As the highly theatrical Rococo style started to inform European homes in the 18th century, a fascination with the ‘exotic East’ created a new era of design. Dubbed Chinoiserie (French for Chinese), the aesthetic is influenced by Asian decorative art interpreted with a Western eye.
Unlike traditional Chinese design, which is largely defined by intricate wood cravings, Chinoiserie is a colourful and plusher take on it. Over time, Chinoiserie evolved to be more reflective of the culture it was inspired from. Chinese crafts and antiques are reinterpreted in new ways, fitting right into modern tastes.
Here’s how to bring Chinoiserie into your abode.
Putting up wallpaper is one of the easiest ways to adds Chinoiserie aesthetics to the home. Chinoiserie wallpapers are meant to resemble hand-painted silkscreens: typically in pastel shades or solid colours, with oriental illustrations of nature. These laminates don’t come cheap, but the good news is that you don’t have to cover an entire room with the same design. Too much is overkill, so use it in moderation. Wallpaper can be used as segregated panels or as a ‘mural’ covering up one a wall.
Bring in traditional craftwork
Work with porcelain and lacquer accessories in your space. These could be vases, bookshelves, stools or lamps. Such materials were highly valued by the Europeans in the 17th century, sparking the Chinoiserie trend then. They can potentially clash with intricate wallpapers, so decorate sparingly too.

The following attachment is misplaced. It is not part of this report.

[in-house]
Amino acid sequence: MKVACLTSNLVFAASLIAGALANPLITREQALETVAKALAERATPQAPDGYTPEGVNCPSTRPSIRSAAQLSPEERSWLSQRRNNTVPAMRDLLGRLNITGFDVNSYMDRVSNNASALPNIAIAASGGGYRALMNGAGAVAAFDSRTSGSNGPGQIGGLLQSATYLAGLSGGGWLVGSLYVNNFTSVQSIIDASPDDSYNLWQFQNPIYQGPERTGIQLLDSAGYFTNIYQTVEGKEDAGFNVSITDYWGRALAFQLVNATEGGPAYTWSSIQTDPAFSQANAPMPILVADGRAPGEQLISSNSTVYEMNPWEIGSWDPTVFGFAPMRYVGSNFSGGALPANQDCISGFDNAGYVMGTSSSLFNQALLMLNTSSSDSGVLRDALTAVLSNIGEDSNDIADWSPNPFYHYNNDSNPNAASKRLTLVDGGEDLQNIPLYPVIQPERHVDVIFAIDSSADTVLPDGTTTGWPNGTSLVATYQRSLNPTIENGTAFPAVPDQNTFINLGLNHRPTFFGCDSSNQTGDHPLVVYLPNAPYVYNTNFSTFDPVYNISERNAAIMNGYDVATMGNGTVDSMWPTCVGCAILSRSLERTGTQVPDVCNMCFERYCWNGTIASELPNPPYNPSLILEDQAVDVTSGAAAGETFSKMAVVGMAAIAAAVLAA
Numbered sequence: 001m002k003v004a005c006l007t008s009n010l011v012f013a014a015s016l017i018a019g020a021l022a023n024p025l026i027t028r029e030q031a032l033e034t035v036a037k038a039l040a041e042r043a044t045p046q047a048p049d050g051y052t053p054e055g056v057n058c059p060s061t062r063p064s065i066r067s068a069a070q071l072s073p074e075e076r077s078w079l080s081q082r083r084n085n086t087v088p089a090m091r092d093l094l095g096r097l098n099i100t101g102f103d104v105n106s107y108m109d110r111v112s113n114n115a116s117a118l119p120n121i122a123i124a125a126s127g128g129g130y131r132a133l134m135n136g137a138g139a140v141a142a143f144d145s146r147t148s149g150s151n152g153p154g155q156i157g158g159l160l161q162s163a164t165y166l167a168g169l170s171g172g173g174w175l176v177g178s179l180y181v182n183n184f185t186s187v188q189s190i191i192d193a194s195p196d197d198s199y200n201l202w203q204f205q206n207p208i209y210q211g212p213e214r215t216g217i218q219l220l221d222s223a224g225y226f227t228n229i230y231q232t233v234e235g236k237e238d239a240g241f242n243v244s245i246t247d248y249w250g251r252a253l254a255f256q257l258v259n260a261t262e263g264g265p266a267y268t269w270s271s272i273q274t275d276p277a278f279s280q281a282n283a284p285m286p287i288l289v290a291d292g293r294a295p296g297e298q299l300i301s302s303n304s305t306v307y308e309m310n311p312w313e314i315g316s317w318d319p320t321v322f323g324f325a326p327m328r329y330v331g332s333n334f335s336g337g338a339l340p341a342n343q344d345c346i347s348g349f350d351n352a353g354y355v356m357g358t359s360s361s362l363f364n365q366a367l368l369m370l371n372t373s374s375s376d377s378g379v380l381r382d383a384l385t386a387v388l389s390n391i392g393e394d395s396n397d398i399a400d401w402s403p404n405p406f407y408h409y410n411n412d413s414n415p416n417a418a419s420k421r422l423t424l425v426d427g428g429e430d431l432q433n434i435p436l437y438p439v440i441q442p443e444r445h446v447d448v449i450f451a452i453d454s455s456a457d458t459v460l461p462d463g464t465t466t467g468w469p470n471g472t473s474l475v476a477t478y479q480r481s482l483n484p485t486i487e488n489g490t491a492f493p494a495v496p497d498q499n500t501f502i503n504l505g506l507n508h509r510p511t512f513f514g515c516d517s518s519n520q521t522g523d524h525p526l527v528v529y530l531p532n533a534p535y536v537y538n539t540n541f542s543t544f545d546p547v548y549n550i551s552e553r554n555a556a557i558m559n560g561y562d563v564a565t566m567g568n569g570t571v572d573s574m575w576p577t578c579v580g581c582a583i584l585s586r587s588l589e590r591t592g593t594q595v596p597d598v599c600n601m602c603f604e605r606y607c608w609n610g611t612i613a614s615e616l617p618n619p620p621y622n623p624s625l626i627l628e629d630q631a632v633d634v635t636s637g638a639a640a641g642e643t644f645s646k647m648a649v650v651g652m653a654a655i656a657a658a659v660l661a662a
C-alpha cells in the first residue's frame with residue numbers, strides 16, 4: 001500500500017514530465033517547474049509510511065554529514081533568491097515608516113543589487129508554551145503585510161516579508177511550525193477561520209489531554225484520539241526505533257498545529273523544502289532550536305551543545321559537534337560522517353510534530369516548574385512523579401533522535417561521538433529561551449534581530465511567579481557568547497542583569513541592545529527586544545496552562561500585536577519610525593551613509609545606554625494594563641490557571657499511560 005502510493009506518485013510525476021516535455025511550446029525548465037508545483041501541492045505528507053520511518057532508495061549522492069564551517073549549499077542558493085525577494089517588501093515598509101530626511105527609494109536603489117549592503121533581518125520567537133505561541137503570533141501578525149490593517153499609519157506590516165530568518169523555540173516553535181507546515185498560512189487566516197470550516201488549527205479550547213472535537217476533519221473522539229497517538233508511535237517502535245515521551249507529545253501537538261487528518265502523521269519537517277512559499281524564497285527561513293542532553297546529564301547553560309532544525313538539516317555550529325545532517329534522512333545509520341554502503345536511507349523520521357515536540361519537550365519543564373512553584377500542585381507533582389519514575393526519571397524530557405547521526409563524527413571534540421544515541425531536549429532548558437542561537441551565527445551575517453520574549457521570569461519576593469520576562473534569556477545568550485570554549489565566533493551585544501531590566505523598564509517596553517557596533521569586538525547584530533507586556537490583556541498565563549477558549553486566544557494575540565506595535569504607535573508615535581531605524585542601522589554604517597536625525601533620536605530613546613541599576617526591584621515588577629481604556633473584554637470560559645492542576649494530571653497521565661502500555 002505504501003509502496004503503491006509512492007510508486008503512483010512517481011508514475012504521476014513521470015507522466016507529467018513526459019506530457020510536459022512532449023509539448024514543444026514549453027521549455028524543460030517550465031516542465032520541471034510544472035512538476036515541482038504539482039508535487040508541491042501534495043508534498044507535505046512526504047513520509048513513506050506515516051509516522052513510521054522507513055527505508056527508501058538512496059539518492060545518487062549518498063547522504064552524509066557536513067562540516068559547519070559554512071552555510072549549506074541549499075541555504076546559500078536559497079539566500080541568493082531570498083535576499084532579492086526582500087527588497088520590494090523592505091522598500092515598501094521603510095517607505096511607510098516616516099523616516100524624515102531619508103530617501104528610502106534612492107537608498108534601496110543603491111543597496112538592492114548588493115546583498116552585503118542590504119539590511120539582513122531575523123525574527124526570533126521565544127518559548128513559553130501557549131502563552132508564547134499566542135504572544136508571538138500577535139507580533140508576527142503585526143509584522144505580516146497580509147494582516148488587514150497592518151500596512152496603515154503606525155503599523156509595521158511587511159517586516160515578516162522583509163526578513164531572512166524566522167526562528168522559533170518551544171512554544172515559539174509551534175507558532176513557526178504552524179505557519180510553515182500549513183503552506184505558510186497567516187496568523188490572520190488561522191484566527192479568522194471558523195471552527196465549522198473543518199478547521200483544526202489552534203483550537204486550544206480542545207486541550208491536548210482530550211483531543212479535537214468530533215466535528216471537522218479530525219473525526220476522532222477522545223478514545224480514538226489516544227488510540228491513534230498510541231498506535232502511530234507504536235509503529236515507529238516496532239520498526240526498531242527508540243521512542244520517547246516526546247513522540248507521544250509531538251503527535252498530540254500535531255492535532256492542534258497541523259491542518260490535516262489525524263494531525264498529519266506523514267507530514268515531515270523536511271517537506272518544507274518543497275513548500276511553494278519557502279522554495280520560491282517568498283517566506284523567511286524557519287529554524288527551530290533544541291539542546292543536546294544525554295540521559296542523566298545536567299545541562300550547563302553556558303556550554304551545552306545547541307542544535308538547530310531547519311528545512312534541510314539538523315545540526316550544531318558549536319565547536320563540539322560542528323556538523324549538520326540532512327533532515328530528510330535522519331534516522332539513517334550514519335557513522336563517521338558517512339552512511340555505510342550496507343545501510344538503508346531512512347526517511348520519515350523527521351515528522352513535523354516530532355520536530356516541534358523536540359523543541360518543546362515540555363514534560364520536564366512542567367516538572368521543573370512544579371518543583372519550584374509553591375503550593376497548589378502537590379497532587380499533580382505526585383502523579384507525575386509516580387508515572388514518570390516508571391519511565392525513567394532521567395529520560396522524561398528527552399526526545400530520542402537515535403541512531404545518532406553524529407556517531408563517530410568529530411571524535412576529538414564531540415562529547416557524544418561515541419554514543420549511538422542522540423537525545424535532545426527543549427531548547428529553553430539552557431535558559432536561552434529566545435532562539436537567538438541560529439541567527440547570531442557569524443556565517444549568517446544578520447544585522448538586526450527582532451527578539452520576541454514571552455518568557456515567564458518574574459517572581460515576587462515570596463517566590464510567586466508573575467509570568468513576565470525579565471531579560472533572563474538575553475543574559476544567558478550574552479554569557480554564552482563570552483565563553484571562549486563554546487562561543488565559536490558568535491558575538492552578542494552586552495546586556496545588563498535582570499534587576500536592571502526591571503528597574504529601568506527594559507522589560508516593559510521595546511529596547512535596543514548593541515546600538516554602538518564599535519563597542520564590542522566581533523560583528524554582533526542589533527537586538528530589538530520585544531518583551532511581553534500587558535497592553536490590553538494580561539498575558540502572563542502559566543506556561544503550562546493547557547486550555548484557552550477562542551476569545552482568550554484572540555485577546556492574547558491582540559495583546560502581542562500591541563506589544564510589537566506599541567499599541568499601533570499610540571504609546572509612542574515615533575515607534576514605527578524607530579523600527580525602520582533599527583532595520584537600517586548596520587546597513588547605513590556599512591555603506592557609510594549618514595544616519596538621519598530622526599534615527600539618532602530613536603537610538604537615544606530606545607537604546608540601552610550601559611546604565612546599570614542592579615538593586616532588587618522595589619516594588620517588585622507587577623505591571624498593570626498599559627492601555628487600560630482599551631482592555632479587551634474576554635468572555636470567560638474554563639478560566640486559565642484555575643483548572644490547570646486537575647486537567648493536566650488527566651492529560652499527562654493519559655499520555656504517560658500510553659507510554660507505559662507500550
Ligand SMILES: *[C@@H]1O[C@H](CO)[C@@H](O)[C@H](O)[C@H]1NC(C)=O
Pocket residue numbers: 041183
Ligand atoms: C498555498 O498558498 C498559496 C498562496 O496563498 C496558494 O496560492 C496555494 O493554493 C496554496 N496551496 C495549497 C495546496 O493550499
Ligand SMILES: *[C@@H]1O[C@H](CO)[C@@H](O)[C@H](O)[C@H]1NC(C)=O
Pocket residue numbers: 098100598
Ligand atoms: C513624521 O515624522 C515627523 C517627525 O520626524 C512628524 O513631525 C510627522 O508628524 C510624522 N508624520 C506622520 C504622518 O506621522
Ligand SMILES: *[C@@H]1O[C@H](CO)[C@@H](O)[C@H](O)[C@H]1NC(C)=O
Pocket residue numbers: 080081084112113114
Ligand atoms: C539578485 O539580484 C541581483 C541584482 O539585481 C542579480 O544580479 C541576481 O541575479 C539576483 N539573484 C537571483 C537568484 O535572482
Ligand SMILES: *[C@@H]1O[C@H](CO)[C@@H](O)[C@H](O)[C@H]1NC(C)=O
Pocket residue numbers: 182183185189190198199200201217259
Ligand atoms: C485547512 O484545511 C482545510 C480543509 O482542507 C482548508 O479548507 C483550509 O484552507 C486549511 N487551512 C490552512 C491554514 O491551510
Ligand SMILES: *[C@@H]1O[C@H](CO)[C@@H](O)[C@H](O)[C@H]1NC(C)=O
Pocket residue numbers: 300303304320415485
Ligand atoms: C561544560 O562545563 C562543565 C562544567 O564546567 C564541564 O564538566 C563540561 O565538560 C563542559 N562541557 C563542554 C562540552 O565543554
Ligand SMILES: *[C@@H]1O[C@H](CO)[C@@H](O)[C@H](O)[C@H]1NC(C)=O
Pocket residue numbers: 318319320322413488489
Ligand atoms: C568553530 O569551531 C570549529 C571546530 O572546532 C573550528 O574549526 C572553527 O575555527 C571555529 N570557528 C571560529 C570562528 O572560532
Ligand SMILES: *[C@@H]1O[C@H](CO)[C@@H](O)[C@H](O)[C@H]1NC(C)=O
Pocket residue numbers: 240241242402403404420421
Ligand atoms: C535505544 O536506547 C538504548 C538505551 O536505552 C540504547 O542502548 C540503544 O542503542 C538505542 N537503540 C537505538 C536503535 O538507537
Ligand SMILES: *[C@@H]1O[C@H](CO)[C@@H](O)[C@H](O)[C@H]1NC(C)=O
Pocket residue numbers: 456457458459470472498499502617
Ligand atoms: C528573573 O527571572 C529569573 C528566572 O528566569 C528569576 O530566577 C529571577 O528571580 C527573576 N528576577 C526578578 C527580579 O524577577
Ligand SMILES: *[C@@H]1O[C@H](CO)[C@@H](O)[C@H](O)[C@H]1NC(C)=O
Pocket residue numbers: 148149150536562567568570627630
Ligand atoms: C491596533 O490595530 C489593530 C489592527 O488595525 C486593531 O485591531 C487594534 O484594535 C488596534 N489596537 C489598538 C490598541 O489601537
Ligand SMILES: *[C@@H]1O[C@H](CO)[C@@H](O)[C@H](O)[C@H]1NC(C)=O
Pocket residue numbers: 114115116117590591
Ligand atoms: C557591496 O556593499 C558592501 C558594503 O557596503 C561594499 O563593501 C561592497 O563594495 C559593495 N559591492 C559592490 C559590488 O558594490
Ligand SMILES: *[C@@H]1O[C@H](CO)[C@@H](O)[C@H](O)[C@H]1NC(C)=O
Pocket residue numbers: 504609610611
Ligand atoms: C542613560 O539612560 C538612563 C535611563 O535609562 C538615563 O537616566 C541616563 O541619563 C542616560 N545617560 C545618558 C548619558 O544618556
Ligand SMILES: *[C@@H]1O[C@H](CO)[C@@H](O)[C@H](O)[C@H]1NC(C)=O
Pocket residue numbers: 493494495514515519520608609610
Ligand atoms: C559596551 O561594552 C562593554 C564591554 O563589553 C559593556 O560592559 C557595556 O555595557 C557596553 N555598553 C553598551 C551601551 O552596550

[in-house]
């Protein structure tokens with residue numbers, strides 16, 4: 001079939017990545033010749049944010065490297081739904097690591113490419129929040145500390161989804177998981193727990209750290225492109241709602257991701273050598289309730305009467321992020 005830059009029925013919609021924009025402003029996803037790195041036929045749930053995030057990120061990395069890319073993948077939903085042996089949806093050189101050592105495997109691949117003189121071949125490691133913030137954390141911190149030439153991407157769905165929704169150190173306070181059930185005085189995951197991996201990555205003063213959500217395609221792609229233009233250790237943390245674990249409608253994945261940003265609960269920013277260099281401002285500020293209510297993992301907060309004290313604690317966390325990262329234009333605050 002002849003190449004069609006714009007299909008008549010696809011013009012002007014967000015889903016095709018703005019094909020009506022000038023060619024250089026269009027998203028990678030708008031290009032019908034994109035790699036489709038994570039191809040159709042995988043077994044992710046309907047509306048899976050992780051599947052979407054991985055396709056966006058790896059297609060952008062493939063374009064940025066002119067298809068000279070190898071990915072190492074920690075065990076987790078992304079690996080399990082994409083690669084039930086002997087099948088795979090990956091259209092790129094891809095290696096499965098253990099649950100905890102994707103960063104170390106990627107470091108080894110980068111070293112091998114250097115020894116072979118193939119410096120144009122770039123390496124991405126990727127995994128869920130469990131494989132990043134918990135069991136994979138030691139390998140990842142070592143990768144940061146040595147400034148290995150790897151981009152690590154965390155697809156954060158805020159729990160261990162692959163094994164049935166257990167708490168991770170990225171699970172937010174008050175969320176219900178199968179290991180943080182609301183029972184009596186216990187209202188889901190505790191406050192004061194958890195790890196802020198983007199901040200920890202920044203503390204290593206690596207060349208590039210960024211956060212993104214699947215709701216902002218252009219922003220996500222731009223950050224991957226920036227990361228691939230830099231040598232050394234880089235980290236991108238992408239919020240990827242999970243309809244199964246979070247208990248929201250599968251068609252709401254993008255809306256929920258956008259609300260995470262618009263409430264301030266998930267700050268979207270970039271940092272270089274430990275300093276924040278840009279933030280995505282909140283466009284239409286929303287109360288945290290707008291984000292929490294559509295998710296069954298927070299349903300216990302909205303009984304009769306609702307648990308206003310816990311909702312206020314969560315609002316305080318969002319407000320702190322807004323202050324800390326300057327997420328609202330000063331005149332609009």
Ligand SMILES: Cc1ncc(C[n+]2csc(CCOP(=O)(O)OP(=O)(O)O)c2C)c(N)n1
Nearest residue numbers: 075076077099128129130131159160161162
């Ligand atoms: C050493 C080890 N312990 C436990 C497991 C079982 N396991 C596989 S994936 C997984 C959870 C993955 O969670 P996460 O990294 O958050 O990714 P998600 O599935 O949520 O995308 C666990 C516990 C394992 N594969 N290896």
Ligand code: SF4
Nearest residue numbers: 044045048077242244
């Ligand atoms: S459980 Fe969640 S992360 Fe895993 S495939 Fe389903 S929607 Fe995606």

That said, there’s no harm in introducing some revival furnishings to the house. They make great accent pieces in the living room. Take for instance this sideboard from Just Anthony, which can be had in black for a more traditional feel or turquoise for a pop of colour. Bonus points if there are gold fixtures too. Take the opportunity to give Chinese antiques a new life too. A curio cabinet can double up as a bookshelf and a talking point.
Keep things private
Folding screens are popular fixtures in Chinoiserie design too. In small apartments, these screens serve not just as decorations but also flexible solutions in creating a bit of personal space when needed. Prop it up as a partition between the living room and dining room, for instance. There are many types to consider, such as the massive 12-section Coromandel lacquer screen. Consider also simpler versions, such as this three-part screen from Scene Shang.
Chinoiserie isn’t all just about oriental designs. The style is closely related to Rococo aesthetics too and it is not unusual to blend in French-style furniture in the mix as well. It might be tempting to throw in some ornate teakwood tables and armchairs. Instead, consider upholstered sofas and daybeds with gilded legs for a more sophisticated look. If you’re going for something simpler, try rattan-backed armchairs and contemporary chaises too.